Hi, you’re a farrier, right? Can you come out here and shoe my horses?”
Every farrier takes a phone call like this. In an ideal and unrealistic world, clients come prescreened. Instead, it’s necessary to ask questions and gain some knowledge about that horse and client before you say “yes.” Every farrier has certain questions to ask potential clients.
Three farriers and three veterinarians were honored for their outstanding careers in equine footcare during Hall Of Fame induction ceremonies at the 13th annual International Hoof-Care Summit in Cincinnati, Ohio.
The theme of the 2015 annual fall clinic at the Horseshoe Barn in Sacramento, Calif., focused on looking beyond the surface of the hoof and considering the anatomical structures and systems that affect and are affected by the way farriers trim and shoe horses’ hooves.
There is more to farriery than just looking at the horse’s hoof. To treat horses properly, it’s necessary to look at the whole horse and consider its gait, conformation and body weight and how those factors affect the hooves and how the trimming and shoes that are applied can affect the rest of the horse.
Many folks in this industry know that solid vet/farrier relationships are necessary for providing the best quality hoof care for horses. For the farrier community surrounding Tryon, N.C., one way to develop these relationships comes in the form of monthly Farrier Jam Sessions.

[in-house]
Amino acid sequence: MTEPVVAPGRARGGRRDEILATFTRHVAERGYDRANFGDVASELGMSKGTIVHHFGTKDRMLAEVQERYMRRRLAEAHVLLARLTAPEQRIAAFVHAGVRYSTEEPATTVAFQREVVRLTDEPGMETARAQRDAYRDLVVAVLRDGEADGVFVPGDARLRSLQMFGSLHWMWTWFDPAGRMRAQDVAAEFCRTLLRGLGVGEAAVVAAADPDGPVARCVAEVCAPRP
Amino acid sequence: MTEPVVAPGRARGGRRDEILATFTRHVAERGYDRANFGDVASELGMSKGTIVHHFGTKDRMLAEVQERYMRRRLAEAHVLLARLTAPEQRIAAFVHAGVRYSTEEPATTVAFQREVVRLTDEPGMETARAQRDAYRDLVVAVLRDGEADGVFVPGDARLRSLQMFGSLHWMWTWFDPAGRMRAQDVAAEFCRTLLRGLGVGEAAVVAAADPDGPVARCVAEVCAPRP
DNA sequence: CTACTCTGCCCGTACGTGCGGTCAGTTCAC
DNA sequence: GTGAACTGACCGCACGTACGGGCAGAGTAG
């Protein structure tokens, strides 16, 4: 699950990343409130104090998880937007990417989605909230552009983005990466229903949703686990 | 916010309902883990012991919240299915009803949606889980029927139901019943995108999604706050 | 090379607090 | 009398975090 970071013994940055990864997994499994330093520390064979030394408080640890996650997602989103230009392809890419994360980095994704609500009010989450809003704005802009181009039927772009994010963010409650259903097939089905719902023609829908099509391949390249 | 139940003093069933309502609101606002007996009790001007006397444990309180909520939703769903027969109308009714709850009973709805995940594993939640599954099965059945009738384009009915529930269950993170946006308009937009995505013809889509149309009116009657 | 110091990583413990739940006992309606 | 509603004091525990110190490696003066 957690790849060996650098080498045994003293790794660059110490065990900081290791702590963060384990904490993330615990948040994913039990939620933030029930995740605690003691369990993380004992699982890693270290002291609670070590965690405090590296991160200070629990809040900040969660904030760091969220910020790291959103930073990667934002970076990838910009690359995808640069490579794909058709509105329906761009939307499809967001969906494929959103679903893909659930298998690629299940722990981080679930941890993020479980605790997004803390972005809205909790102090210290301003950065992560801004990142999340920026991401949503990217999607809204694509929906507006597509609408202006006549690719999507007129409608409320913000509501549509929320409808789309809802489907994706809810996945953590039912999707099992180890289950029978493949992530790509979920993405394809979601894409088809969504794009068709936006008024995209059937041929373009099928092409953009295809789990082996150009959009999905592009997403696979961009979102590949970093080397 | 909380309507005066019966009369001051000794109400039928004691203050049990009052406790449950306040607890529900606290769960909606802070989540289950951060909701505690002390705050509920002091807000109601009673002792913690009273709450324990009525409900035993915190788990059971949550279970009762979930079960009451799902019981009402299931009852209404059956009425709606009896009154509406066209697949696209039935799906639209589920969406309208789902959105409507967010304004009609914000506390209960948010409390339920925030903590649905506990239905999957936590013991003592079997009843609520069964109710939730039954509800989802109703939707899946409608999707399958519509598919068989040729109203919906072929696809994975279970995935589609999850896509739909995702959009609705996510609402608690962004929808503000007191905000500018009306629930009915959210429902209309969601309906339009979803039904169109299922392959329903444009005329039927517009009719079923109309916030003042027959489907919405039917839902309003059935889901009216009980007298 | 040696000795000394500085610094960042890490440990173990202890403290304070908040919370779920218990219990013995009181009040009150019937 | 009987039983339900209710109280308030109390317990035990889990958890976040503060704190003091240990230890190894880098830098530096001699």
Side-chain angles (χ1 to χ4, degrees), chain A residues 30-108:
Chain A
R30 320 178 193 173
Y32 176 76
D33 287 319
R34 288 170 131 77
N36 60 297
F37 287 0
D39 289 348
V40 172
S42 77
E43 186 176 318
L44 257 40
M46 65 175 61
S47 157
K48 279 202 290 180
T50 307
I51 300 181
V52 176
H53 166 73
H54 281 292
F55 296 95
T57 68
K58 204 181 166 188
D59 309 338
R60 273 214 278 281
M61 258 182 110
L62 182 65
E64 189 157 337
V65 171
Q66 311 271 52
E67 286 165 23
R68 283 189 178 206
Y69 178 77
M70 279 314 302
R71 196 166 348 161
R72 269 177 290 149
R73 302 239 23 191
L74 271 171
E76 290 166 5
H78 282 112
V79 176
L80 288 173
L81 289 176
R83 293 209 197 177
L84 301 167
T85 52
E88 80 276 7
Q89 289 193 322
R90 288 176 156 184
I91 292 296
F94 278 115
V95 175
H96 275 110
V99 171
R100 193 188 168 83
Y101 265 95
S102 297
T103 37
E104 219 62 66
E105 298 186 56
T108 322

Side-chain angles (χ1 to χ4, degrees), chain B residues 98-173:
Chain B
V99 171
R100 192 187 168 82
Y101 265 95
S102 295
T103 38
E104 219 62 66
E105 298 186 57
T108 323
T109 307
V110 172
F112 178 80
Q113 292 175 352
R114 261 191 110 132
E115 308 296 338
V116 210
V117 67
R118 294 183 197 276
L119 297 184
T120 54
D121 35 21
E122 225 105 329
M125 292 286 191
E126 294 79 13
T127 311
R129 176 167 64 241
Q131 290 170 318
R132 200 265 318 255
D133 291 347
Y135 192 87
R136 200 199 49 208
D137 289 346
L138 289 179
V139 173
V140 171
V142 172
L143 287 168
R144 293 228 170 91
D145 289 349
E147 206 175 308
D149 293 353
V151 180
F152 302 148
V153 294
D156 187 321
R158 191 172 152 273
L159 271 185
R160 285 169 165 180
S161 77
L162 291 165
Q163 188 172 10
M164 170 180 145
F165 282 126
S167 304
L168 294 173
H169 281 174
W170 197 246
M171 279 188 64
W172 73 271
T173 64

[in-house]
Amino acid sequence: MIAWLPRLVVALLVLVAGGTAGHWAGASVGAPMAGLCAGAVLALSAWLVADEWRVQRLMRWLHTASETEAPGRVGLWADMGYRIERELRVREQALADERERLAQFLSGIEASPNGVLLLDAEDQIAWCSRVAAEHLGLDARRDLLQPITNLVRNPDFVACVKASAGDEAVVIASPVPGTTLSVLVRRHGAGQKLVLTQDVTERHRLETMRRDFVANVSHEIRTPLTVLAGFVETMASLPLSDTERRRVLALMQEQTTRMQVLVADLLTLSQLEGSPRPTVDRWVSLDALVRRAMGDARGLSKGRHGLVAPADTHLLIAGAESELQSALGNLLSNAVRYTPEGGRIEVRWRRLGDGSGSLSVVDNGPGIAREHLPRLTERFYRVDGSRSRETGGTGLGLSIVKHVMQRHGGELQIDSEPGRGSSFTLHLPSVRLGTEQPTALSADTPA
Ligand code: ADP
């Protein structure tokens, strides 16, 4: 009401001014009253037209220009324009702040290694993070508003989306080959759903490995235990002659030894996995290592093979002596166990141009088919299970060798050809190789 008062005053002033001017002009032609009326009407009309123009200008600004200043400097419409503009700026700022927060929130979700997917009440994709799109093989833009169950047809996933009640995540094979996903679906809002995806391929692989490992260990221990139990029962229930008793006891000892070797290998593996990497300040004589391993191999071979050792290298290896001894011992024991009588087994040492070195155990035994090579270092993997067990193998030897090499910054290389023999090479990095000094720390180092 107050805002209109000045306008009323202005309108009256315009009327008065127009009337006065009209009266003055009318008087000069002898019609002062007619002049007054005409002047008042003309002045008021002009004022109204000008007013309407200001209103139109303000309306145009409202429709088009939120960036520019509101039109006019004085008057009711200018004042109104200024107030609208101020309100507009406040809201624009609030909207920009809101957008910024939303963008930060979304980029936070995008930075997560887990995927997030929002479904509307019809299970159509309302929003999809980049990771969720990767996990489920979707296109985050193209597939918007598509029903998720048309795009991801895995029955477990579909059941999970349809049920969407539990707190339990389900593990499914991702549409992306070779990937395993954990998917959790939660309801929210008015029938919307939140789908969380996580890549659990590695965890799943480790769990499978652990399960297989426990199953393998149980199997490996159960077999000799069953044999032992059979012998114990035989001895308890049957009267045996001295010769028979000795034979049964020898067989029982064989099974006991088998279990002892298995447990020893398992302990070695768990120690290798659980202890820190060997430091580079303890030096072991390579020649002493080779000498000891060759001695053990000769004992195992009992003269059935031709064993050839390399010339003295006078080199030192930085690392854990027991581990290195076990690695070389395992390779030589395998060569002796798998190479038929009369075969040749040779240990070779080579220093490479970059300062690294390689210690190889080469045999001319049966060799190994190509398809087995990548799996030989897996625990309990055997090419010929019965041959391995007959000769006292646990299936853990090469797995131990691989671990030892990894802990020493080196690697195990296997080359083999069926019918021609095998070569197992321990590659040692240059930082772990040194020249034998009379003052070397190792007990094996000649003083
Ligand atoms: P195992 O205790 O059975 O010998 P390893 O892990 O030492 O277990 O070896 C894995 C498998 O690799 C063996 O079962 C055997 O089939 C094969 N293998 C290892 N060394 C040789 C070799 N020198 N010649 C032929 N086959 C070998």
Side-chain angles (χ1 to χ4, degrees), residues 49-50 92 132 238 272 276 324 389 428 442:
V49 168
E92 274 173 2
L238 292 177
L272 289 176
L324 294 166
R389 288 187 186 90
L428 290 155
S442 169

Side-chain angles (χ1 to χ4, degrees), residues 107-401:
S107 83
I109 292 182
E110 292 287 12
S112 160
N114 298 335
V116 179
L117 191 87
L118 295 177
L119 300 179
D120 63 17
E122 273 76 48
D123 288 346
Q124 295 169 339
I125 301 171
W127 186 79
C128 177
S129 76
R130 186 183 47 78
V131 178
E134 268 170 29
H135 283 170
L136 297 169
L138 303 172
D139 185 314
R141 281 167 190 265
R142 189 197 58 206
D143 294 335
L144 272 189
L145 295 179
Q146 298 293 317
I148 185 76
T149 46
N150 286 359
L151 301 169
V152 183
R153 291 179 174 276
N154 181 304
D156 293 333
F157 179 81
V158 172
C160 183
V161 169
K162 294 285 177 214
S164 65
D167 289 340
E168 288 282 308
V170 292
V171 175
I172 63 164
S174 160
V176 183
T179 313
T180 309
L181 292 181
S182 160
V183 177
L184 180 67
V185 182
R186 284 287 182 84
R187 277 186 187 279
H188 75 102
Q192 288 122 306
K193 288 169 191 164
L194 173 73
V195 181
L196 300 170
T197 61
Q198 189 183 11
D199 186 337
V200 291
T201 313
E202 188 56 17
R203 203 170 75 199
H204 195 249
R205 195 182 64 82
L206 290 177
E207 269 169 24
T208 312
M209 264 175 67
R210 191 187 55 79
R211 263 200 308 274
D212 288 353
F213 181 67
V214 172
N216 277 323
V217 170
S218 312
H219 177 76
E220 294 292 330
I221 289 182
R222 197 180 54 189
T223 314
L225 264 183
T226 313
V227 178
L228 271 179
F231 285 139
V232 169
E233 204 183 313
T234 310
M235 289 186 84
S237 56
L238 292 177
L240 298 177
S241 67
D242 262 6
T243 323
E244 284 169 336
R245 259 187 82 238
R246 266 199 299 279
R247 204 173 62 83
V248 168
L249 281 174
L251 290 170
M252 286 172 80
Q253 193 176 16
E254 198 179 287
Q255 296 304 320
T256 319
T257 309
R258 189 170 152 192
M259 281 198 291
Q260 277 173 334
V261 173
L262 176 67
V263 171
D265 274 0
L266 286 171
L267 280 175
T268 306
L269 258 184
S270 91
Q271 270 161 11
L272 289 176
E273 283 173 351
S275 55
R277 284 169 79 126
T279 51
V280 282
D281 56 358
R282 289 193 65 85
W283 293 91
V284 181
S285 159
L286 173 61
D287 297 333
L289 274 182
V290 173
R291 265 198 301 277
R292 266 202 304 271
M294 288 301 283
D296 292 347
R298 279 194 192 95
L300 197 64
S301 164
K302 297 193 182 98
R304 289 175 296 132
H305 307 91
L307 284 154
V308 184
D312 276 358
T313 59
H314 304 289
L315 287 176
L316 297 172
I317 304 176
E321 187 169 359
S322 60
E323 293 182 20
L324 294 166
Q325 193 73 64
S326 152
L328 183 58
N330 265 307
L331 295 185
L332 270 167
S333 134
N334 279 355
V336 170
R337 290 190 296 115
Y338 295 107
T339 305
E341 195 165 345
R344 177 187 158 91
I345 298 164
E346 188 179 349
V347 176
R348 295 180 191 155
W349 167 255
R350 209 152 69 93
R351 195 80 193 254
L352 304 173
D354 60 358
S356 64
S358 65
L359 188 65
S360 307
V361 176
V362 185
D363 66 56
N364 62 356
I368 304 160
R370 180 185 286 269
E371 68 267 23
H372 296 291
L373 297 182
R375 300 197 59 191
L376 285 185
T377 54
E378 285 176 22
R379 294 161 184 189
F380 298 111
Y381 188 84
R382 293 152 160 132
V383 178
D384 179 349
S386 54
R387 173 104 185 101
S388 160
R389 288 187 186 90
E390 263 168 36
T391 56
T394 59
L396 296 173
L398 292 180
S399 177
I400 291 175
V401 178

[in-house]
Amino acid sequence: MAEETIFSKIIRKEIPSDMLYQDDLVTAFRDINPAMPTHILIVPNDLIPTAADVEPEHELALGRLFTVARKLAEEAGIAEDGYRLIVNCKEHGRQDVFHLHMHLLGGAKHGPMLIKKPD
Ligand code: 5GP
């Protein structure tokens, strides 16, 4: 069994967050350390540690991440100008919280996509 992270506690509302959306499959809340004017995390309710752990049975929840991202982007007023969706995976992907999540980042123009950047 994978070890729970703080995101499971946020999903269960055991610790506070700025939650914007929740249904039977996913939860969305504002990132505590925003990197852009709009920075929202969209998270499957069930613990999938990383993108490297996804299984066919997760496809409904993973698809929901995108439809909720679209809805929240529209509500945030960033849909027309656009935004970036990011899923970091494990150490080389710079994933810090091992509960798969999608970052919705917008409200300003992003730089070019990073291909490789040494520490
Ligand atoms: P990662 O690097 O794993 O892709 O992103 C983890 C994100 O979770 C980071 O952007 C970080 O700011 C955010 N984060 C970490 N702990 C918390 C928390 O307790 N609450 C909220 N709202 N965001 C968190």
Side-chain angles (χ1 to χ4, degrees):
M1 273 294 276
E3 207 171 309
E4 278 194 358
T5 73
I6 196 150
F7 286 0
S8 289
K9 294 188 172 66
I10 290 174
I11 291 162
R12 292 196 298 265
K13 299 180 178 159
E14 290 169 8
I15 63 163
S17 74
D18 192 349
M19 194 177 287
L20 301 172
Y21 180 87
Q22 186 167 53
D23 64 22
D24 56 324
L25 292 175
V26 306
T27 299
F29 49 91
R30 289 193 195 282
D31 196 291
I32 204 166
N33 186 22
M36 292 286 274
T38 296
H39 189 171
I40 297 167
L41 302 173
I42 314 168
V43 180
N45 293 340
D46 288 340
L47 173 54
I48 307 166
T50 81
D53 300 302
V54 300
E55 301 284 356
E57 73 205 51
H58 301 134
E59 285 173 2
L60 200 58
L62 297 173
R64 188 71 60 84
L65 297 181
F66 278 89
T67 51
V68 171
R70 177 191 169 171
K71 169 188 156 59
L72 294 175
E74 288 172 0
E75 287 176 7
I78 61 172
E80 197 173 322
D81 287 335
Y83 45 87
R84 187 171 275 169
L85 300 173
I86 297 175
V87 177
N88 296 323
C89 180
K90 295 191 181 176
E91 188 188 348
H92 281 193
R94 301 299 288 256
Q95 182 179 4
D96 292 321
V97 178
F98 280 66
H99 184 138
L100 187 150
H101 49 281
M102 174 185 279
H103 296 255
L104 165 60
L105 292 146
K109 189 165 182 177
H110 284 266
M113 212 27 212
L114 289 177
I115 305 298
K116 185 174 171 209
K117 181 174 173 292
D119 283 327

Crouching under a horse and banging on an anvil 8 hours a day, 5 or more days a week wears down the body over years of work. Farriers’ backs become stiff and sore, tennis elbow can develop and carpal tunnel can debilitate hands and wrists. In such a physical profession, any injury can mean time away from work and money lost. These worries may seem like a long way off to farriers who are just starting out, but certain practices put into effect now can help prevent ache and injury later.
Travis Burns, the associate professor of practice and chief of farrier practice at the Virginia-Maryland College of veterinary Medicine discusses his research in patching materials for hoof wall cracks.
Ocala's Farriery Supply and Finger Lakes Manufacturing in conjunction with the Florida State Farrier's Association is hosting Farriers Appreciation Day beginning at 8 a.m. Saturday, July 25, 2020. The clinicians are Dr. Larry Wexler, Tri Ellerbee, John Berkley, Ty Garner, Shane Allen, Mike Lanolfi and Mike Bennetch.
Life Data Labs Inc. is a dedicated product manufacturer committed to producing premium quality animal nutrition and health products through continuous product improvement and new product development. First-class ingredients, fresh products, consistent high quality and scientifically proven effectiveness are the principal features of Life Data Labs animal health products. And that's why they've produced the #1 recommended hoof supplement by farriers for 12 consecutive years.
Kawell began as a university project geared towards innovation, problem solving, and maintenance services for the veterinary industry. Over the last few years we have worked with specialized companies and professionals in order to develop the theoretical and technical basis needed to design and manufacture a therapeutic product for the care of horses and prevention of disease.
From the feed room to the tack room, SmartPak offers innovative solutions to help riders take great care of their horses. SmartPak was founded in 1999 with the introduction of the patented SmartPak™ supplement feeding system. The revolutionary, daily dose SmartPaks are custom-made for your horse, individually labeled and sealed for freshness.